Workshop on Eighteenth-Century Journals and Romantic Letters


Update: Two detailed reports on this successful conference are now available at this page. The archived conference programme can be downloaded here.

A workshop hosted by the Department of English Studies will seek to explore the significance of letters and journals from the period 1740-1830.

A letter from William Godwin to Mary ShelleyJournals and letters are the most intimate of all forms of literature. They tell us that history was once real life. These documents were sometimes hidden from contemporaries and speak directly to us today. This workshop will consider the rich variety of journals and letters in the period, and how they may be used in modern academic research.

The workshop will feature a keynote lecture by the historian of feminism Jane Rendall. She will discuss the correspondence of three Edinburgh authors, Elizabeth Hamilton, Eliza Fletcher, and Anne Grant.

The workshop runs on Saturday, 23rd June from 9.30 to 5.30. For a full programme and to register, visit the conference homepage. The workshop is hosted in conjunction with the North-East Forum in Eighteenth-Century and Romantic Studies.

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6 responses to “Workshop on Eighteenth-Century Journals and Romantic Letters

  1. Very much enjoyed the day! Rich papers exploring the complex dynamics between life-writing and fiction, letters and literary works, and a friendly, inspiring atmosphere, that wasn’t affected by the cow-caused delays. Thanks, Pamela, Gillian and Richard.

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  2. I entirely agree with Imke – it was a very enjoyable day. The discussion benefited from the fact that there were no parallel sessions – we all heard everything. I learned a lot about letters, and the literary significance of many letters, rather than letters singly. The conversation about the link between letters and biography continued in the pub. William Mason’s Life of Gray (1774) must have been one of the earliest literary biographies to include letters. Richard Monckton Milnes Life and Letters of Keats (1848) will be for many the climax of the genre. Jane’s lecture and other papers happily filled in the gap between those two dates and brought in women writers. And must add how much I enjoyed Oliver’s demonstration of a letter inspiring great poetry. Thank you to everyone involved.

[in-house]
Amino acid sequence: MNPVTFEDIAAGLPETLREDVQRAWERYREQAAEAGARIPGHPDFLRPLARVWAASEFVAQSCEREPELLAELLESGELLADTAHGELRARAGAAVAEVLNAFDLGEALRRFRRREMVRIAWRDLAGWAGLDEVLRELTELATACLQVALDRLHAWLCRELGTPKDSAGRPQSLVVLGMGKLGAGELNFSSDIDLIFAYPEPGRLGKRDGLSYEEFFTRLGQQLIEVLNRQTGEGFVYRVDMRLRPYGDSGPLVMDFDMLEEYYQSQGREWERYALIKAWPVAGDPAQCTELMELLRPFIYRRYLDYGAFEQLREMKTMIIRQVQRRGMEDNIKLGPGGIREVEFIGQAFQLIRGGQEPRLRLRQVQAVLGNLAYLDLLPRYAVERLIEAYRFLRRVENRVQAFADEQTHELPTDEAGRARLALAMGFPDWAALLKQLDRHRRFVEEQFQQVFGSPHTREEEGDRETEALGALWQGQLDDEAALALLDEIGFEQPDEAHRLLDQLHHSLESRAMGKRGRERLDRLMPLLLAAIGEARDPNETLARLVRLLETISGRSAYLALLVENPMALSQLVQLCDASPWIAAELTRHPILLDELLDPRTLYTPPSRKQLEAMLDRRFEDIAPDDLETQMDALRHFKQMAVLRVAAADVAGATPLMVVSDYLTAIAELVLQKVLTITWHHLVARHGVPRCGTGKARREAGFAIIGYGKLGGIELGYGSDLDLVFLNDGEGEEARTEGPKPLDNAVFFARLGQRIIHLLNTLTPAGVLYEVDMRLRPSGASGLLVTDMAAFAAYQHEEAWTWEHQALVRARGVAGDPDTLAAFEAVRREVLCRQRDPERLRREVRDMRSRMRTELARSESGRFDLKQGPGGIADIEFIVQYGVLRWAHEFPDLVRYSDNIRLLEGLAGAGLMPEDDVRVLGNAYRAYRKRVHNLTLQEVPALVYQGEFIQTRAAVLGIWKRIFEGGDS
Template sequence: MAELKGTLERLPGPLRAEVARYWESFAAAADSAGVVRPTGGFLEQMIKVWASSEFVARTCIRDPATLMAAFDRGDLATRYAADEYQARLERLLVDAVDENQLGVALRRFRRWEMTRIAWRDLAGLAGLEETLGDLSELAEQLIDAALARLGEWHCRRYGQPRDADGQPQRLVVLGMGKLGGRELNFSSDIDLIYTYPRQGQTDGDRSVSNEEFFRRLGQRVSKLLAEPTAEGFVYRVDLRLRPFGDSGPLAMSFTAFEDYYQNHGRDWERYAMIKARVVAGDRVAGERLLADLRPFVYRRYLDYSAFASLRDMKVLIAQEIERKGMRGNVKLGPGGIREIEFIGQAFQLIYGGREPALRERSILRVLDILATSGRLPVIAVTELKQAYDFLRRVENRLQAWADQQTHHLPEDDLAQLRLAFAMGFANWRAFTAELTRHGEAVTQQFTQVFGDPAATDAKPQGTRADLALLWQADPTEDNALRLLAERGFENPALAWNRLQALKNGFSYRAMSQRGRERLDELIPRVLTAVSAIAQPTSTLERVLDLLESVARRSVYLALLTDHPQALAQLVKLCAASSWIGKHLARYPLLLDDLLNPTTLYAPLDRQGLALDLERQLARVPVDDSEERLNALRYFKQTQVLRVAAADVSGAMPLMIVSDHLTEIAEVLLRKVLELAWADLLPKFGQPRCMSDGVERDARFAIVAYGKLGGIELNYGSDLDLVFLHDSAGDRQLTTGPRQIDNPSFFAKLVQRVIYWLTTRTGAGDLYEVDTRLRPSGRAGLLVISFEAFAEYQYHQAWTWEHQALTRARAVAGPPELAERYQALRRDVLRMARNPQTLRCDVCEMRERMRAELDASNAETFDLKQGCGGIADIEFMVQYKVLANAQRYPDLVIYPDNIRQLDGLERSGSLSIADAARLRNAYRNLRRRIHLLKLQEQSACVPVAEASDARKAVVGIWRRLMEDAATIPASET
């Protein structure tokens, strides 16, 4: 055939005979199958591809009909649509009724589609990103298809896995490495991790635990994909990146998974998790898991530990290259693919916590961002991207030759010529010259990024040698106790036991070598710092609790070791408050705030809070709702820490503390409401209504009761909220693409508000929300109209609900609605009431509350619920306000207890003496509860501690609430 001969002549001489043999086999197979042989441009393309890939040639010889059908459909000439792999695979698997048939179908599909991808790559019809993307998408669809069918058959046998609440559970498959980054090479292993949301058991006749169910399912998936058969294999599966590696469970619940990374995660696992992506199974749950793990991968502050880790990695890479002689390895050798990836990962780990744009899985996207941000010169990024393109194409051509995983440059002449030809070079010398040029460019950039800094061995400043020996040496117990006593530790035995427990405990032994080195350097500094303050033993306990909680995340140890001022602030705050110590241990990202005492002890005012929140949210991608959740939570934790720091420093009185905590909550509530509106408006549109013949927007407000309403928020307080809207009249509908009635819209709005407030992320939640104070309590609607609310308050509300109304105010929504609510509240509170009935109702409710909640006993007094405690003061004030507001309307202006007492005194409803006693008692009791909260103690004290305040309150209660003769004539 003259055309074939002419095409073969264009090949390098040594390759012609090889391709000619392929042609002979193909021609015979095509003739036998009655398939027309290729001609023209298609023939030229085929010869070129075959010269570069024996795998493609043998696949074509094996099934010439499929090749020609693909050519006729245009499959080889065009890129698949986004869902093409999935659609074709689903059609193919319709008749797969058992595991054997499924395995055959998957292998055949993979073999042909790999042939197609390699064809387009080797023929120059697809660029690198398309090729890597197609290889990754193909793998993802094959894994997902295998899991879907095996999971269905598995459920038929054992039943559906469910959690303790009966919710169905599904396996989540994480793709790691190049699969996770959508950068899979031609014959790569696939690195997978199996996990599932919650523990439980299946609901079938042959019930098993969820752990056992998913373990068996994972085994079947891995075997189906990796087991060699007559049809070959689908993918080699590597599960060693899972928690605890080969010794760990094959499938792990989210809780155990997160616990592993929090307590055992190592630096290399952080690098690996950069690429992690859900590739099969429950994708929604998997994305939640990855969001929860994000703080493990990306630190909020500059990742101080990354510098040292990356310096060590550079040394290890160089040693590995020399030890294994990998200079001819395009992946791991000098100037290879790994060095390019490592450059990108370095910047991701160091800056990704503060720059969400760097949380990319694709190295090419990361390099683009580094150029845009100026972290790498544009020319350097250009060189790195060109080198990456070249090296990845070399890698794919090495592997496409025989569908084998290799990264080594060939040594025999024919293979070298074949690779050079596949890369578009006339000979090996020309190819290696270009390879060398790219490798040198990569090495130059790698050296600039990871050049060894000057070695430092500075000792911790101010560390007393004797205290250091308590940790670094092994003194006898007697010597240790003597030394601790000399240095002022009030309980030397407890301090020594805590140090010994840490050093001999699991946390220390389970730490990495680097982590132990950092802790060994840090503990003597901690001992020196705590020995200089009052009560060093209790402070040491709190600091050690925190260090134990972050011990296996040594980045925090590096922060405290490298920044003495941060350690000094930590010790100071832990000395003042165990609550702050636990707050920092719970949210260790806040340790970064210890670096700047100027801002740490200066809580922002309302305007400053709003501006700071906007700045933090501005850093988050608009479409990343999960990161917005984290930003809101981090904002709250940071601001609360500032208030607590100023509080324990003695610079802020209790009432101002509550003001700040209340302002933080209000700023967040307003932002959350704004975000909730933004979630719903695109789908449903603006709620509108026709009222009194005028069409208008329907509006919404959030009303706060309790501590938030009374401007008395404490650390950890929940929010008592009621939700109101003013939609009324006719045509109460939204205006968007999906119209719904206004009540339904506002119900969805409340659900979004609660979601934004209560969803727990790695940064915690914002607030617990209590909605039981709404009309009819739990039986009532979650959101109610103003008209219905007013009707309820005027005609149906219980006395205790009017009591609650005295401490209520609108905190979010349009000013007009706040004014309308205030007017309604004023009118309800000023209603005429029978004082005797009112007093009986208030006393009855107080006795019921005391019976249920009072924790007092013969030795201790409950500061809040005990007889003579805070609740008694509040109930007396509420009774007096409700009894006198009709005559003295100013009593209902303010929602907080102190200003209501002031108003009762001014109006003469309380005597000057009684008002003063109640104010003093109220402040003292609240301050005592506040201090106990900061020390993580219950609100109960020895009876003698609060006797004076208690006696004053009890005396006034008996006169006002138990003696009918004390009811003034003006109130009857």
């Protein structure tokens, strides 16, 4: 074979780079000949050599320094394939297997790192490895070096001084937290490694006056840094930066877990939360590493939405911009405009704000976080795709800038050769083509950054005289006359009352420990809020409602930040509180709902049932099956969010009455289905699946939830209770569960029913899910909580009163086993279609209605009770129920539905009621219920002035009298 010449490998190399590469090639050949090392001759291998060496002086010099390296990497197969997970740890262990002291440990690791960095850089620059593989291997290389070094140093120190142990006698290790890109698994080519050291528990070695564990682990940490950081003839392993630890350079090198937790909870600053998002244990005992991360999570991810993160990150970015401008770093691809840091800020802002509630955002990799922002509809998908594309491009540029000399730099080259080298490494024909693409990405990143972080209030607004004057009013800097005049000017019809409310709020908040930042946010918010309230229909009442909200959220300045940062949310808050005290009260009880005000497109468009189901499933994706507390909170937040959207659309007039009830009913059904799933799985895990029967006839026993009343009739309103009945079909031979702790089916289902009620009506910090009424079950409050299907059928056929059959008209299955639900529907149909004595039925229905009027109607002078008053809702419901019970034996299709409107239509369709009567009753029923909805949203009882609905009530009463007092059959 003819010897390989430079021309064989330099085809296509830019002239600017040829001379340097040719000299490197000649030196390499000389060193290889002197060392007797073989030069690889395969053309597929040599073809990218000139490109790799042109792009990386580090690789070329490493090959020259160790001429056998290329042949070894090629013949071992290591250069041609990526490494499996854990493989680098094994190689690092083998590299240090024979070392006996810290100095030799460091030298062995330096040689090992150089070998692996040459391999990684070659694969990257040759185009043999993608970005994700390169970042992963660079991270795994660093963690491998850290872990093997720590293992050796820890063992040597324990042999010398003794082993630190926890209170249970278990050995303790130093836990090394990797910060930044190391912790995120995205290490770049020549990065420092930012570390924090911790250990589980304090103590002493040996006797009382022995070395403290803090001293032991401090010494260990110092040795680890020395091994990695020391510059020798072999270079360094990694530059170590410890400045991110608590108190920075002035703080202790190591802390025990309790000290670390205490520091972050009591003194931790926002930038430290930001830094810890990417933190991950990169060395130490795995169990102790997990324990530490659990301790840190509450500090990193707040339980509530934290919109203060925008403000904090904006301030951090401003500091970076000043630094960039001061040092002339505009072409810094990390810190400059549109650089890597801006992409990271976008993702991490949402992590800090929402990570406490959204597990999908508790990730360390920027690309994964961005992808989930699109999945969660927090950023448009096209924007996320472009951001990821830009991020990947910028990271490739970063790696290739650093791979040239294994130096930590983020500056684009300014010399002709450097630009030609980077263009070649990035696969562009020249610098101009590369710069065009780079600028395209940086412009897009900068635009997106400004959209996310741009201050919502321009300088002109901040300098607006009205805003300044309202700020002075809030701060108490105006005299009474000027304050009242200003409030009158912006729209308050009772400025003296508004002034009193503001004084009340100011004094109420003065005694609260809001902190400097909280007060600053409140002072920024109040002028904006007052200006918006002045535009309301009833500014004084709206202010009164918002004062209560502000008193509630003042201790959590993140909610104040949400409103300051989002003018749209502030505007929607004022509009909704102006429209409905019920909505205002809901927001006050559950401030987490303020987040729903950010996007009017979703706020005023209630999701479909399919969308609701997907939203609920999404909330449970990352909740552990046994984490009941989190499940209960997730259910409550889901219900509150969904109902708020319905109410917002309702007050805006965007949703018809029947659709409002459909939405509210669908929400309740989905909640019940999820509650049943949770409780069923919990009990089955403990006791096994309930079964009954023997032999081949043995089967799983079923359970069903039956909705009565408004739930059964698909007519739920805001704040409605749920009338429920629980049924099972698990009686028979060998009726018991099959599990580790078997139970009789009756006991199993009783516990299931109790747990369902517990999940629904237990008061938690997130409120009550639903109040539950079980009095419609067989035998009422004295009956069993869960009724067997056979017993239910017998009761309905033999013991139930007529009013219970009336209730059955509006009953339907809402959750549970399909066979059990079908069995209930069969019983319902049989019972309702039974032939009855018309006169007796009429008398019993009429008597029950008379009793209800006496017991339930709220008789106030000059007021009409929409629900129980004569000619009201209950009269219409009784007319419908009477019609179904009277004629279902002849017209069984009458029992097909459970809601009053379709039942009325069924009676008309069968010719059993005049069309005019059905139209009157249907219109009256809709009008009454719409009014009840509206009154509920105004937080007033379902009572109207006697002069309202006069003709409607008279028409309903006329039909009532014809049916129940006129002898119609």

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  3. Many thanks again for the wonderful ‘Reading Between the Lines’ workshop on Saturday. It was a thoroughly enjoyable and stimulating day, with many interesting discussions and research papers, and a great atmosphere.

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  4. Pingback: Reading Between the Lines: Correspondences | READ | Research in English at Durham·

  5. Pingback: Reading Between the Lines: Letters and Literature | READ | Research in English at Durham·

  6. I agree, not having parallel sessions really enhanced the positive experience, Claire. Essentially, it meant everyone attended the same conference. And yeah, I enjoyed the continuing conversation in the pub and restaurant (though I was sorry to have to leave early). By the way, a friend of mine, Abolfazl Ramazani, did his PhD on the reception of Keats’s letters, and worked quite extensively on Monckton Milnes.

    And apropos: most of you may have heard about it already, but the Manuscript and Print conference in Sheffield recently was almost like a ‘companion conference’ to the Reading between the Lines workshop (http://www.sheffield.ac.uk/polopoly_fs/1.145408!/file/manuscript-and-print-programme.pdf ).

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